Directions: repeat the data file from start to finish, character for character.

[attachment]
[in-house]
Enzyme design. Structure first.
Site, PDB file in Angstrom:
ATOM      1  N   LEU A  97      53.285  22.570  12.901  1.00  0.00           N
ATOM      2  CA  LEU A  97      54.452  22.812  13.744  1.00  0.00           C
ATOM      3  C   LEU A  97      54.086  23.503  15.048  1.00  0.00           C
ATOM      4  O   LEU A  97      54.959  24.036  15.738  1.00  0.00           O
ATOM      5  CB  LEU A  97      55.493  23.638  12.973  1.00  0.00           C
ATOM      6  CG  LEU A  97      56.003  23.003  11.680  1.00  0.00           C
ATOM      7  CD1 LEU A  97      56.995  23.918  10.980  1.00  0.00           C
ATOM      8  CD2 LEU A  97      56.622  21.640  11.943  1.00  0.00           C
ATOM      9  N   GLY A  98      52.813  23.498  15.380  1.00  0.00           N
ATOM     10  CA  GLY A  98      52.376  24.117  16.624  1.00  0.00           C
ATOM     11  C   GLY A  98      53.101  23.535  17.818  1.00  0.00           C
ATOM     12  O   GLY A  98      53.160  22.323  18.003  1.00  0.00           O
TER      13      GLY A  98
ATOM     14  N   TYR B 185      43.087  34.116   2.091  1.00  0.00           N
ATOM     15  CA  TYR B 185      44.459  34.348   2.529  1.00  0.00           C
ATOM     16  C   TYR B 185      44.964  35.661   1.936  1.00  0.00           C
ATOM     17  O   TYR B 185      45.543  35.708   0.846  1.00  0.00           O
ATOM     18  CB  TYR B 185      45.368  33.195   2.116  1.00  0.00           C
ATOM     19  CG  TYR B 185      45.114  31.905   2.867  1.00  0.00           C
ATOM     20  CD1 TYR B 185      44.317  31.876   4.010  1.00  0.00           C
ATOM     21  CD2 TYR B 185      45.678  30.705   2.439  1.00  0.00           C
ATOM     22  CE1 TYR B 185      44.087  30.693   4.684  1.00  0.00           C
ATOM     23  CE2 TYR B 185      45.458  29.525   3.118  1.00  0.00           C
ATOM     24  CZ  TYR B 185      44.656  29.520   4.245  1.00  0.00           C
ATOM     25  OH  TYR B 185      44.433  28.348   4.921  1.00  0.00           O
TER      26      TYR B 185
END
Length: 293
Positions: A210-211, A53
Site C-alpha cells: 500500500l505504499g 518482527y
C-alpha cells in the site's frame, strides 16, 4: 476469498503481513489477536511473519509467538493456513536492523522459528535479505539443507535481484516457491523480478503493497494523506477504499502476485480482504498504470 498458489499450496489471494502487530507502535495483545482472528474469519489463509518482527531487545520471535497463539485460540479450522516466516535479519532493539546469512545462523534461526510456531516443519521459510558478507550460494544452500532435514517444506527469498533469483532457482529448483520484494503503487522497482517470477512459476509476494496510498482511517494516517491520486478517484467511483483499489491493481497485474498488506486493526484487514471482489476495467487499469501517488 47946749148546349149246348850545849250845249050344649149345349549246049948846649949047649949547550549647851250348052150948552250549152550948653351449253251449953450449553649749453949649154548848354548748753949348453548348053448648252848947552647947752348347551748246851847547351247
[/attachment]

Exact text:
[in-house]
Enzyme design. Structure first.
Site, PDB file in Angstrom:
ATOM      1  N   LEU A  97      53.285  22.570  12.901  1.00  0.00           N
ATOM      2  CA  LEU A  97      54.452  22.812  13.744  1.00  0.00           C
ATOM      3  C   LEU A  97      54.086  23.503  15.048  1.00  0.00           C
ATOM      4  O   LEU A  97      54.959  24.036  15.738  1.00  0.00           O
ATOM      5  CB  LEU A  97      55.493  23.638  12.973  1.00  0.00           C
ATOM      6  CG  LEU A  97      56.003  23.003  11.680  1.00  0.00           C
ATOM      7  CD1 LEU A  97      56.995  23.918  10.980  1.00  0.00           C
ATOM      8  CD2 LEU A  97      56.622  21.640  11.943  1.00  0.00           C
ATOM      9  N   GLY A  98      52.813  23.498  15.380  1.00  0.00           N
ATOM     10  CA  GLY A  98      52.376  24.117  16.624  1.00  0.00           C
ATOM     11  C   GLY A  98      53.101  23.535  17.818  1.00  0.00           C
ATOM     12  O   GLY A  98      53.160  22.323  18.003  1.00  0.00           O
TER      13      GLY A  98
ATOM     14  N   TYR B 185      43.087  34.116   2.091  1.00  0.00           N
ATOM     15  CA  TYR B 185      44.459  34.348   2.529  1.00  0.00           C
ATOM     16  C   TYR B 185      44.964  35.661   1.936  1.00  0.00           C
ATOM     17  O   TYR B 185      45.543  35.708   0.846  1.00  0.00           O
ATOM     18  CB  TYR B 185      45.368  33.195   2.116  1.00  0.00           C
ATOM     19  CG  TYR B 185      45.114  31.905   2.867  1.00  0.00           C
ATOM     20  CD1 TYR B 185      44.317  31.876   4.010  1.00  0.00           C
ATOM     21  CD2 TYR B 185      45.678  30.705   2.439  1.00  0.00           C
ATOM     22  CE1 TYR B 185      44.087  30.693   4.684  1.00  0.00           C
ATOM     23  CE2 TYR B 185      45.458  29.525   3.118  1.00  0.00           C
ATOM     24  CZ  TYR B 185      44.656  29.520   4.245  1.00  0.00           C
ATOM     25  OH  TYR B 185      44.433  28.348   4.921  1.00  0.00           O
TER      26      TYR B 185
END
Length: 293
Positions: A210-211, A53
Site C-alpha cells: 500500500l505504499g 518482527y
C-alpha cells in the site's frame, strides 16, 4: 476469498503481513489477536511473519509467538493456513536492523522459528535479505539443507535481484516457491523480478503493497494523506477504499502476485480482504498504470 498458489499450496489471494502487530507502535495483545482472528474469519489463509518482527531487545520471535497463539485460540479450522516466516535479519532493539546469512545462523534461526510456531516443519521459510558478507550460494544452500532435514517444506527469498533469483532457482529448483520484494503503487522497482517470477512459476509476494496510498482511517494516517491520486478517484467511483483499489491493481497485474498488506486493526484487514471482489476495467487499469501517488 47946749148546349149246348850545849250845249050344649149345349549246049948846649949047649949547550549647851250348052150948552250549152550948653351449253251449953450449553649749453949649154548848354548748753949348453548348053448648252848947552647947752348347551748246851847547351247